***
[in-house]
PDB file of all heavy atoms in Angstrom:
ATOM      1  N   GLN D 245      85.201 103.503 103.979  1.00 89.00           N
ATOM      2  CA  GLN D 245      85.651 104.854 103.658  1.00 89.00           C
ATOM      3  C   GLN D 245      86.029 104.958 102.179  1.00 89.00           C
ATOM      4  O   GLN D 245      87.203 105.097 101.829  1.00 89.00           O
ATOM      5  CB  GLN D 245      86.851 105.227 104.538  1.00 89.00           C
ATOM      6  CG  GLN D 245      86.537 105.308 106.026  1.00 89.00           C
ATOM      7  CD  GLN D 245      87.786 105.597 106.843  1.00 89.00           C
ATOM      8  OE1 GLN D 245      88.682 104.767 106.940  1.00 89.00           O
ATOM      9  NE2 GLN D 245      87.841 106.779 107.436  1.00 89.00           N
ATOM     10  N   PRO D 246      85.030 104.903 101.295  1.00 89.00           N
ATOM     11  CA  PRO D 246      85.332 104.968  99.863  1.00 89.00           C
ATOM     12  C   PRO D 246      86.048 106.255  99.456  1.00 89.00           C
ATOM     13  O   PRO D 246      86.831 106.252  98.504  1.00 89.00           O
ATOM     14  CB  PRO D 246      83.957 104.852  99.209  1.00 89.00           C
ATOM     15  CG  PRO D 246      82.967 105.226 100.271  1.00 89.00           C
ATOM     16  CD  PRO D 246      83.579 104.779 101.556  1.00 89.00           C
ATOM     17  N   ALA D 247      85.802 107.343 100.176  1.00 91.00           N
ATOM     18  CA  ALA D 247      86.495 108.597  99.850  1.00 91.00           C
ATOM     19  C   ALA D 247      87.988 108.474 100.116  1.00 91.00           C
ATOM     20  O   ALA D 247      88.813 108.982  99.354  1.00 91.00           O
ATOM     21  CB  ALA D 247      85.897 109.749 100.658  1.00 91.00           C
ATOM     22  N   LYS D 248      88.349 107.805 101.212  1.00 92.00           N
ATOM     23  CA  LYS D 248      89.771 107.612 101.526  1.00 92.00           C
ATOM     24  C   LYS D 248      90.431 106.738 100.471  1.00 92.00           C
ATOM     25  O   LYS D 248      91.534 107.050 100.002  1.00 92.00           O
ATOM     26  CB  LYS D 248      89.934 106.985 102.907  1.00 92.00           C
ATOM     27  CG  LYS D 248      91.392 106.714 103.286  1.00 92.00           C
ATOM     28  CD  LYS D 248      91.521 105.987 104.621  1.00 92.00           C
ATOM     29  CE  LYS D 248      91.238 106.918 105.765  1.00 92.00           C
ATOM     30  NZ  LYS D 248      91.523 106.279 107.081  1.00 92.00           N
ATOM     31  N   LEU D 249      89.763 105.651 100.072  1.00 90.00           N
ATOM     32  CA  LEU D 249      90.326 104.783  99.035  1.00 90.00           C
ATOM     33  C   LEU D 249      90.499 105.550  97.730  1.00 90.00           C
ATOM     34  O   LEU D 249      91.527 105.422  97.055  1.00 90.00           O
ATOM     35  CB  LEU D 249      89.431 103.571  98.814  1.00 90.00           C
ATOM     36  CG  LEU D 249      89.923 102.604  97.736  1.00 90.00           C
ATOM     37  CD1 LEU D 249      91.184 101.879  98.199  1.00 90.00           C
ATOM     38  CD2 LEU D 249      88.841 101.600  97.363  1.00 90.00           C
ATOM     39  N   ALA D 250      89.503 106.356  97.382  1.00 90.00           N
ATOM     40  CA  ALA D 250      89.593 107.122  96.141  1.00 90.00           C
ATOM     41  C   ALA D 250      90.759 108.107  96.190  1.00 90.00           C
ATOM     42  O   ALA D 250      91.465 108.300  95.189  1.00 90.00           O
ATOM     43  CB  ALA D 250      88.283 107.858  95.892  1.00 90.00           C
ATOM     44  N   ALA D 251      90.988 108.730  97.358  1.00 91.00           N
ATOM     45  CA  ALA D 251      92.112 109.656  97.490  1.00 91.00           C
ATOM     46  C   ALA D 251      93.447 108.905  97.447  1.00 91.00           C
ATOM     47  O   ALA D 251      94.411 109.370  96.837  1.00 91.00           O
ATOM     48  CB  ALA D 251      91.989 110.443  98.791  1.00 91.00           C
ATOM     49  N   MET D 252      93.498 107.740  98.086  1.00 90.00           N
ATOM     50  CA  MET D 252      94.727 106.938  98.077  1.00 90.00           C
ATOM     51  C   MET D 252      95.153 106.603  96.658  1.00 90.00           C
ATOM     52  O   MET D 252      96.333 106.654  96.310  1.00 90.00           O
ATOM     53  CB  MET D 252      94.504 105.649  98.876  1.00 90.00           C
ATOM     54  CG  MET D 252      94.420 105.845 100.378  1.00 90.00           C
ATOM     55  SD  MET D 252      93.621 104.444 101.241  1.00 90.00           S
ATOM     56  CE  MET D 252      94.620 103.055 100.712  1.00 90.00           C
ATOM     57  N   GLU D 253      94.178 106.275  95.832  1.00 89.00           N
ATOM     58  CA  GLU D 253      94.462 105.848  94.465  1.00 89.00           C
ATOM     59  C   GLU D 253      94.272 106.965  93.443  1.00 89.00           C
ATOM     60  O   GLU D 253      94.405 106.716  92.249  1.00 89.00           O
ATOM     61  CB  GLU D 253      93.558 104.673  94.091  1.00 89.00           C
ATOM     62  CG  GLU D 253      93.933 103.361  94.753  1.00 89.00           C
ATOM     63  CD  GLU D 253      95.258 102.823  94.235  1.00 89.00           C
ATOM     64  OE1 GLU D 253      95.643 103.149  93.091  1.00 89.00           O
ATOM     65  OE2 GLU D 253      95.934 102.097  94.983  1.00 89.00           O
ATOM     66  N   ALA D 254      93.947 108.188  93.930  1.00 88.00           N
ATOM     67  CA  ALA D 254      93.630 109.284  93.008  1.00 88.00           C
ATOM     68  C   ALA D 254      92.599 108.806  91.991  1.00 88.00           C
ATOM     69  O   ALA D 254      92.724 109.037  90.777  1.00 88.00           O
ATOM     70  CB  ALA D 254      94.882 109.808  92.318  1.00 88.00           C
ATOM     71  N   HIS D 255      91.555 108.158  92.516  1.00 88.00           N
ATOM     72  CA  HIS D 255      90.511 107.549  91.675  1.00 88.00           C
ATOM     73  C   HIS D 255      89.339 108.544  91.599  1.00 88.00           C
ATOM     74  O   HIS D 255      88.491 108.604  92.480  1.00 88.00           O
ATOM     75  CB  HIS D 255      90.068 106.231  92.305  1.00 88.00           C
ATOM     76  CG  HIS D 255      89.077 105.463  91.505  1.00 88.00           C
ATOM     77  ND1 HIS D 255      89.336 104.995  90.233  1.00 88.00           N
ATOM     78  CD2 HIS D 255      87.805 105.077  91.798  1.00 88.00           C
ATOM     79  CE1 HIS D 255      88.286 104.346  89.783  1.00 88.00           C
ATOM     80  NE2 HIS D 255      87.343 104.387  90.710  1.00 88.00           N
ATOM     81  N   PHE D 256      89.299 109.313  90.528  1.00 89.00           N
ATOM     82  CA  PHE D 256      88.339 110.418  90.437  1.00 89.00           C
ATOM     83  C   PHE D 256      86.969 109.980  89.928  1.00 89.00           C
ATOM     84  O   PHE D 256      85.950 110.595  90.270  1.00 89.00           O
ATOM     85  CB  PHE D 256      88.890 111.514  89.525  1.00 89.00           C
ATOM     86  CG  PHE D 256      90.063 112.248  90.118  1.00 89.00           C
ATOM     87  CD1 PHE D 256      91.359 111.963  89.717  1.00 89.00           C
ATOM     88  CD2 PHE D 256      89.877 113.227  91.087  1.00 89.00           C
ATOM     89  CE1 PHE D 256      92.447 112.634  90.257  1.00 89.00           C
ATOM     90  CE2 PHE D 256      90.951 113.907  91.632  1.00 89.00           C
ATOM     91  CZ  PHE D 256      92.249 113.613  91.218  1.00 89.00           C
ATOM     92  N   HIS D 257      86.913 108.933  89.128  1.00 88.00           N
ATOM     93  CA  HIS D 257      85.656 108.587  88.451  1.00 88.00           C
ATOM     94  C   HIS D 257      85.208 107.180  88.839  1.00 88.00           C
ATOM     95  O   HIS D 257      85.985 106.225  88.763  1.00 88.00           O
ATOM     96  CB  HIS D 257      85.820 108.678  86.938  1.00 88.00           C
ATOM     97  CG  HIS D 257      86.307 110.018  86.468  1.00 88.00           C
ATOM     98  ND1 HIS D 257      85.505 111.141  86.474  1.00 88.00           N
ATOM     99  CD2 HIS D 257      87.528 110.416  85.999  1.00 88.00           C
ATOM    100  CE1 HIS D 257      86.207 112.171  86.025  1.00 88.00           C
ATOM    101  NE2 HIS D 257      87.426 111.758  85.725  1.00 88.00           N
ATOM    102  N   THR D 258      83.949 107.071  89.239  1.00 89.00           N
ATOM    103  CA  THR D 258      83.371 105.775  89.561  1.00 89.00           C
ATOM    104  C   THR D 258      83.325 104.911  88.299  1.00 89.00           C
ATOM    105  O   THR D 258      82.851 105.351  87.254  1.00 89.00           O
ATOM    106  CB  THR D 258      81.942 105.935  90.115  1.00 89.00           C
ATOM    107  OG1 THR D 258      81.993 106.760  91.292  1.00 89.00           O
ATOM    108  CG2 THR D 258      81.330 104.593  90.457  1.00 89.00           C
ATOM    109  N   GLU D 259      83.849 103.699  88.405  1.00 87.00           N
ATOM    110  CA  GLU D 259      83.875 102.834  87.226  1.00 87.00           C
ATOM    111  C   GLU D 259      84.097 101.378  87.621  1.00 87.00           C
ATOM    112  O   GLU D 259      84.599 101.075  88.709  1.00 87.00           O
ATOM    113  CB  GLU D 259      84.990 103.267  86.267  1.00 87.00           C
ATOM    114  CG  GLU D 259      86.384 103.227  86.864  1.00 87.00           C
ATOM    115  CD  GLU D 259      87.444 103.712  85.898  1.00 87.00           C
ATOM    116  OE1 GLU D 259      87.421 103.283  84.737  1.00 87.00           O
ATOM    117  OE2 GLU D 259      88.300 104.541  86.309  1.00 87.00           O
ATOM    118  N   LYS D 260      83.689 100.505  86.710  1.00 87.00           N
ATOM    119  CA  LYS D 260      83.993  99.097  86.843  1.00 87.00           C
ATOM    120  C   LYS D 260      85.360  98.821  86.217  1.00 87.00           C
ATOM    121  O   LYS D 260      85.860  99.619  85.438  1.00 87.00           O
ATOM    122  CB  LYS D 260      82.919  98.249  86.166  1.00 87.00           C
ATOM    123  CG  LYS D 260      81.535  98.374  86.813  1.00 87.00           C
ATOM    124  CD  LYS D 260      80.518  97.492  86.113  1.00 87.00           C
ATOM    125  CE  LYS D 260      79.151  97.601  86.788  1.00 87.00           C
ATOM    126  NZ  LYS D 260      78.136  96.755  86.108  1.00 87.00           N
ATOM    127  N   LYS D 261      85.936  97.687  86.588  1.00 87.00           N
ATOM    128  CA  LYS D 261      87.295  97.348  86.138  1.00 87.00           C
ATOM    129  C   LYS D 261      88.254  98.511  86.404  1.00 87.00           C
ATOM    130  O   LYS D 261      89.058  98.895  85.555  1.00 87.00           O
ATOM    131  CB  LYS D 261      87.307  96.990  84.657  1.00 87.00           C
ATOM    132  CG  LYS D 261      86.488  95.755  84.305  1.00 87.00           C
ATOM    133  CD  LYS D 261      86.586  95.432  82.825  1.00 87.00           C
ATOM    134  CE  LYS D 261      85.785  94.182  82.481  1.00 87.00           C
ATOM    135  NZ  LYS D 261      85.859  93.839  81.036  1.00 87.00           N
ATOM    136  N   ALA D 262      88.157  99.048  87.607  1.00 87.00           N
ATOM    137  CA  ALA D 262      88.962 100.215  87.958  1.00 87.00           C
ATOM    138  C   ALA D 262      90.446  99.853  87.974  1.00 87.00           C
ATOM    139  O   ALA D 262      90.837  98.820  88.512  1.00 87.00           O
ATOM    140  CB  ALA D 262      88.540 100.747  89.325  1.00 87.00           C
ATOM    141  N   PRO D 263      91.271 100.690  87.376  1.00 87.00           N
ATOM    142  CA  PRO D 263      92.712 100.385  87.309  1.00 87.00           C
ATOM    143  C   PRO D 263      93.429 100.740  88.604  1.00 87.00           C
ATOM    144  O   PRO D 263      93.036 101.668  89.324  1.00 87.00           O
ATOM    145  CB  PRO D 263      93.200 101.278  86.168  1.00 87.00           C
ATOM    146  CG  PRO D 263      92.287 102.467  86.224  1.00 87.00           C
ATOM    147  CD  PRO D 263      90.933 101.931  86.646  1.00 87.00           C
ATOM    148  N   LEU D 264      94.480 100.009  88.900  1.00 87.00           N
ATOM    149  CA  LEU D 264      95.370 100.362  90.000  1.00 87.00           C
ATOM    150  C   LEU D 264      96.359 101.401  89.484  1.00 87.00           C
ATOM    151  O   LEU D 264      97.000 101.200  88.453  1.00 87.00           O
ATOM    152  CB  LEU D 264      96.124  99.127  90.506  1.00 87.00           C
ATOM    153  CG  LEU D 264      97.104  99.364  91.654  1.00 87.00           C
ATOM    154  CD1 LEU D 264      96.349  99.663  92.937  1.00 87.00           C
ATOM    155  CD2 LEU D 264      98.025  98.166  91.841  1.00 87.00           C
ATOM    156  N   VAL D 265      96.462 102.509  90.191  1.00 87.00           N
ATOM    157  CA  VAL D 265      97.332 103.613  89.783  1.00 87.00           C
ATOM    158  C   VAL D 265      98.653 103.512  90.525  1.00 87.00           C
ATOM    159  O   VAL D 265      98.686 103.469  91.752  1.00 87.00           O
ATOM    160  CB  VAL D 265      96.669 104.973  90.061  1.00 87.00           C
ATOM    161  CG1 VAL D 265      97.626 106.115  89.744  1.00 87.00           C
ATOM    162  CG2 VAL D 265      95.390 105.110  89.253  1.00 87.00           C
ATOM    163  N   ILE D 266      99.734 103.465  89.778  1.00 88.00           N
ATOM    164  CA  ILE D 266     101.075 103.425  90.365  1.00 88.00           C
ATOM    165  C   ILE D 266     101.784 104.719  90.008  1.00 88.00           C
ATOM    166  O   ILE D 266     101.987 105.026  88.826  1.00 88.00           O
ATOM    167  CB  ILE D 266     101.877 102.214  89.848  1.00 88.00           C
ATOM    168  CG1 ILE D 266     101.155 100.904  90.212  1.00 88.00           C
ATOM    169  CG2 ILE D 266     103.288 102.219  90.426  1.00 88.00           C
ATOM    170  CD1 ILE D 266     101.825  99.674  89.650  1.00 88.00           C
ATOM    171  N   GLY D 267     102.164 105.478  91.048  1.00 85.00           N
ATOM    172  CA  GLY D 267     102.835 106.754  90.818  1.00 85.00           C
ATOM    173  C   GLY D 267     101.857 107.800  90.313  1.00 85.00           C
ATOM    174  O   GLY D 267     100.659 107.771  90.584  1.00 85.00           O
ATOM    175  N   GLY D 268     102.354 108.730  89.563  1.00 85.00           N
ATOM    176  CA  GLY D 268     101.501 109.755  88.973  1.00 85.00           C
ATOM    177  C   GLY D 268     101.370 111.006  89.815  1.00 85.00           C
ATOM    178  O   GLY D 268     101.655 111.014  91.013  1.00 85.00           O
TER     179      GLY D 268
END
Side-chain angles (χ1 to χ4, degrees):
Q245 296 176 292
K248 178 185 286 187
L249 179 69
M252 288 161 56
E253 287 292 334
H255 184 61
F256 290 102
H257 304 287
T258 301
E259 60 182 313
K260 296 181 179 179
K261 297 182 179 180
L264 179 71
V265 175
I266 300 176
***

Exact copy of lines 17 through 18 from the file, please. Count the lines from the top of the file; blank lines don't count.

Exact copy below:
ATOM     15  CG  PRO D 246      82.967 105.226 100.271  1.00 89.00           C
ATOM     16  CD  PRO D 246      83.579 104.779 101.556  1.00 89.00           C